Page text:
Daily Management Review

Worst Peace Time Recession In A Century For Global Economy Due To Pandemic, Predicts OECD


Worst Peace Time Recession In A Century For Global Economy Due To Pandemic, Predicts OECD
According to the most recent assessment of the Paris based think tank Organisation for Economic Cooperation and Development (OECD), the biggest peace-time downturn in a century will hit the global economy because of the ongoing novel coronavirus pandemic before it is able to recover in the next year. 
For the current year, there can be a contraction of as much as 6 per cent I the global economy because of the pandemic while it will stage a recovery with a growth of 5.2 per cent in 2021 provided that the pandemic is kept under control, the OECD said in its updated outlook for the global economy.
However there can be a contraction of 7.6 per cent contraction in the global economy if the pandemic strikes the world for a second time this year, which will also consequently reduce the projected growth for next year to only 2.8 per cent, said the Paris-based policy forum.
“By the end of 2021, the loss of income exceeds that of any previous recession over the last 100 years outside wartime, with dire and long-lasting consequences for people, firms and governments,” OECD chief economist Laurence Boone wrote in an introduction to the refreshed outlook.
She argued that government should not be averse to incurring debt in order to spend more so that low paid workers and investments are supported because the manner in which governments would respond and react to the pandemic crisis will shape the economic and social prospects for the coming decade.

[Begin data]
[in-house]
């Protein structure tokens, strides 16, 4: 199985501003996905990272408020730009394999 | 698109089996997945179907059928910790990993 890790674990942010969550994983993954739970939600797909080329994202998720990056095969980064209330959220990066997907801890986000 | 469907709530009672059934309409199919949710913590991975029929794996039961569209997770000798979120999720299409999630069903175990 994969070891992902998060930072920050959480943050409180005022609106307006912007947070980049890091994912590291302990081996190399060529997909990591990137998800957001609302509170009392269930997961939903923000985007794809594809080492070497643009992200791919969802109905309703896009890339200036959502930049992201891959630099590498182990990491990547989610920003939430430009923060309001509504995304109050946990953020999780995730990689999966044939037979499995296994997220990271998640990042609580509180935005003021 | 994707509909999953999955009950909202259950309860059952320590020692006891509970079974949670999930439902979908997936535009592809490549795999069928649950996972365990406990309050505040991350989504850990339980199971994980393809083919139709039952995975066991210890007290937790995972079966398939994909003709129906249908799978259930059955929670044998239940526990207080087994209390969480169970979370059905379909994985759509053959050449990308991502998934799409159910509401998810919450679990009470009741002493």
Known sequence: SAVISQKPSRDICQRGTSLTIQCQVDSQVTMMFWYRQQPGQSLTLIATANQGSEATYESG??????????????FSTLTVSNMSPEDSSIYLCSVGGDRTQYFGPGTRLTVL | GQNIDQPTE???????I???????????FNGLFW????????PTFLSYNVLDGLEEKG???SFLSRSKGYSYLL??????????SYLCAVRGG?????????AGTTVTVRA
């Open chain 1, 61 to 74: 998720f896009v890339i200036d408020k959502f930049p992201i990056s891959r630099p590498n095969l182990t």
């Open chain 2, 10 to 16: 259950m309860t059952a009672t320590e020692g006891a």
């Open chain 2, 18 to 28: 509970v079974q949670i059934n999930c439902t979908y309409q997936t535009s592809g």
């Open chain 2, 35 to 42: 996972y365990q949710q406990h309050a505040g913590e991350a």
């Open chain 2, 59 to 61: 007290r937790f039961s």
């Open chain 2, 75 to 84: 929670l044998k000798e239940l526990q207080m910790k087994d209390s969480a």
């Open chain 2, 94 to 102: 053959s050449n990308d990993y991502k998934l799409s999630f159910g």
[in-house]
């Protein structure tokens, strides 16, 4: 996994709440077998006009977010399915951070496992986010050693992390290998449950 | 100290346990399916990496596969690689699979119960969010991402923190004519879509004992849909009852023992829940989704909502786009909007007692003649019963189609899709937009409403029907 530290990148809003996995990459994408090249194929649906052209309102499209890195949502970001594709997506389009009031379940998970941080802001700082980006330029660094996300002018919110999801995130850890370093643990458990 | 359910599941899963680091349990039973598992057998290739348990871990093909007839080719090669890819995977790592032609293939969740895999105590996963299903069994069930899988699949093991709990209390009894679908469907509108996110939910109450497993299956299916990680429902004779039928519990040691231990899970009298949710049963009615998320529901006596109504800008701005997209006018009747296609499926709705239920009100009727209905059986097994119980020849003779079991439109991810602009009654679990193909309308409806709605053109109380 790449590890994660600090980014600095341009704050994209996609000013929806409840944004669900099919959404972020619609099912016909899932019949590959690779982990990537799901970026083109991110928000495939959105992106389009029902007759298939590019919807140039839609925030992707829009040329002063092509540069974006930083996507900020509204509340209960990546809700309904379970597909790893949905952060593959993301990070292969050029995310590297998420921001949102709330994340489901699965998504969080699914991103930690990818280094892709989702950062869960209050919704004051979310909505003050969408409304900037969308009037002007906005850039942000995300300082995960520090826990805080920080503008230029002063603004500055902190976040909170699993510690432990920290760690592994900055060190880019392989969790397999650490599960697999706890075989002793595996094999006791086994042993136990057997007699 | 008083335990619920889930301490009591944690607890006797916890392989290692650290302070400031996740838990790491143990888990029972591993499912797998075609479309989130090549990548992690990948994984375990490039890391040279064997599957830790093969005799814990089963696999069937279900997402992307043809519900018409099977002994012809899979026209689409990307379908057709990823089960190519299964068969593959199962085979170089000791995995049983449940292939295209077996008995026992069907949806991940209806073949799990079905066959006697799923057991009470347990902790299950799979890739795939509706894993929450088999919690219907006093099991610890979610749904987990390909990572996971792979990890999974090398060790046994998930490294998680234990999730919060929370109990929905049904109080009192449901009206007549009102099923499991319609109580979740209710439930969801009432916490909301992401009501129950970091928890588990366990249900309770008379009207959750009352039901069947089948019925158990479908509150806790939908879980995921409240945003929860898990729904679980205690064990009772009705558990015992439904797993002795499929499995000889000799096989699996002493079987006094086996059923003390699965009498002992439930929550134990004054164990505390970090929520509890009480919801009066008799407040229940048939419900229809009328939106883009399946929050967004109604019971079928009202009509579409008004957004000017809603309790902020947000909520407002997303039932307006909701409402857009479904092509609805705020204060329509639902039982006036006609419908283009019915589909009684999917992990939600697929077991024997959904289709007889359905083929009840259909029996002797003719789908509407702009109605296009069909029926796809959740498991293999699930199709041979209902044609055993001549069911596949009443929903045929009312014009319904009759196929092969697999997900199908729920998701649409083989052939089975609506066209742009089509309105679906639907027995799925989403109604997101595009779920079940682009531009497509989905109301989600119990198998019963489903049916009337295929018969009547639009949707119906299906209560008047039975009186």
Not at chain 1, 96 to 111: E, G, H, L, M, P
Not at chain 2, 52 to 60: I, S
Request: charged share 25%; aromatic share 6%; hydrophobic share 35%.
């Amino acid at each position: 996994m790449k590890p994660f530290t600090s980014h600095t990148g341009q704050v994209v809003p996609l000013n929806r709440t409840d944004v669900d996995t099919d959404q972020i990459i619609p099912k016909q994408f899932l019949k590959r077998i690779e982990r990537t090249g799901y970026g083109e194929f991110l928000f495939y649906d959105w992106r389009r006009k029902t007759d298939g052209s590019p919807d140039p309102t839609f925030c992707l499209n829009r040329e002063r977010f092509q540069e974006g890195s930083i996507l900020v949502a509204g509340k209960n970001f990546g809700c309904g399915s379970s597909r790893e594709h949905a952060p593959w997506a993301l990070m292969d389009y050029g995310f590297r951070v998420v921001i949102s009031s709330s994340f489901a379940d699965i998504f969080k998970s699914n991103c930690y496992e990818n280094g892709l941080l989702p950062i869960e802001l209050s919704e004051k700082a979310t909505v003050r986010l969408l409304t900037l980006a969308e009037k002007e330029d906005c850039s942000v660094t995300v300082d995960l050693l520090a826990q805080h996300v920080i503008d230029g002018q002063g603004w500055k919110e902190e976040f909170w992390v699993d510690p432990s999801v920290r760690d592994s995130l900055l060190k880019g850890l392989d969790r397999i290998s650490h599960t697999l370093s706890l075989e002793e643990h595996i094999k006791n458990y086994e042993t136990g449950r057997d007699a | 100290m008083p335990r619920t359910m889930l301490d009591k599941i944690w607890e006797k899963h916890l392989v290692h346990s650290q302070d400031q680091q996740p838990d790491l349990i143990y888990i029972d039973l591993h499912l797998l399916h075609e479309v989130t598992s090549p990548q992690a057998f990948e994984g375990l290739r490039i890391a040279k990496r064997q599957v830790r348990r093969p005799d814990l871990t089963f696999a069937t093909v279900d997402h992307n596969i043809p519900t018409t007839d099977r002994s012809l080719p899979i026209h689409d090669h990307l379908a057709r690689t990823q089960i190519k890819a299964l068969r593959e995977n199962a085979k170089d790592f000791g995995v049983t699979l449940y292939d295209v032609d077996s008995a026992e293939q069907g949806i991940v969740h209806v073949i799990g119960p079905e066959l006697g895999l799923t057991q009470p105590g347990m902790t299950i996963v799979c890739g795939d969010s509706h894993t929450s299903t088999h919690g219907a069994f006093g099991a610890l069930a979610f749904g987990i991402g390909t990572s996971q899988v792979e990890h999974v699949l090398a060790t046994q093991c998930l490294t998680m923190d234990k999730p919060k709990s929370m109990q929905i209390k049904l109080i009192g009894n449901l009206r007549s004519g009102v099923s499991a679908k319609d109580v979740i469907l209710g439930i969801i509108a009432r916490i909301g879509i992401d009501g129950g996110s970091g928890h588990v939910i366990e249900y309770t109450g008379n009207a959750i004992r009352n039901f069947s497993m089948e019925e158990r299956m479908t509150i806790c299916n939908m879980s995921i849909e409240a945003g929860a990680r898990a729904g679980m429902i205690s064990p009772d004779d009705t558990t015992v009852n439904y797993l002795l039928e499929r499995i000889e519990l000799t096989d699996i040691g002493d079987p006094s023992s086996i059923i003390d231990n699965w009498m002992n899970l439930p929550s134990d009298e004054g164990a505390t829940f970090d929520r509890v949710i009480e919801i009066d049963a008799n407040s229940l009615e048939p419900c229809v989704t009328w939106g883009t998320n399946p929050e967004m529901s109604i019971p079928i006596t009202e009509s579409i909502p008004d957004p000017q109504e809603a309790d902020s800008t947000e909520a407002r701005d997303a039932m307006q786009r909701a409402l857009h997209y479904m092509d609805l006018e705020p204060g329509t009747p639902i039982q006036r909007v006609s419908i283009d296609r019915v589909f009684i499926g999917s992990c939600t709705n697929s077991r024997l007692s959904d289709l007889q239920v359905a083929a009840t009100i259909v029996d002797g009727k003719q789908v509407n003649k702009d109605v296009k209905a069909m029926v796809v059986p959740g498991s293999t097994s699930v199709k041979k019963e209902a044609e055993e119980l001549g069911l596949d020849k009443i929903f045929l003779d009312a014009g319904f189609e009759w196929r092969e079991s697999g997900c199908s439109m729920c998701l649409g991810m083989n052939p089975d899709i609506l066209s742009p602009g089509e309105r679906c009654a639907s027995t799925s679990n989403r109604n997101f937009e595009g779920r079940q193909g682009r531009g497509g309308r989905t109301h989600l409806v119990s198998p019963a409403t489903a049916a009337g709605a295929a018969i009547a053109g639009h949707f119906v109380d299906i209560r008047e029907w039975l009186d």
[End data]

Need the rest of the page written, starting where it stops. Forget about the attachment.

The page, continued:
“Ultra-accommodative monetary policies and higher public debt are necessary and will be accepted as long as economic activity and inflation are depressed, and unemployment is high,” Boone said.
This was not the right time to give any boost to trade tensions while government should be more cooperative about a treatment and vaccine for the virus because of the threat of a second wave of contagion will keep uncertainty in the global economy high, Boone said.
The OECD predicted that there will be contraction of 7.3 per cent in the United States economy, the largest in the world, for the current year before staging a recovery of 4.1 per cent growth n the next year. However the contraction of the US economy will touch 8.5 per cent this year in the case of a second wave of the pandemic with the growth prospect for 2021 dropping down to only 1.9 per cent, the economic think tank forecast.
At the same time, the OECD predicted a contraction of 9.1 per cent for the euro area economy for the current year with a growth of 6.5 per cent in 2021. However in the eventuality of a second wave of the pandemic, the contraction will increase to 11.5 per cent while 2021 growth will only be about of 3.5 per cent.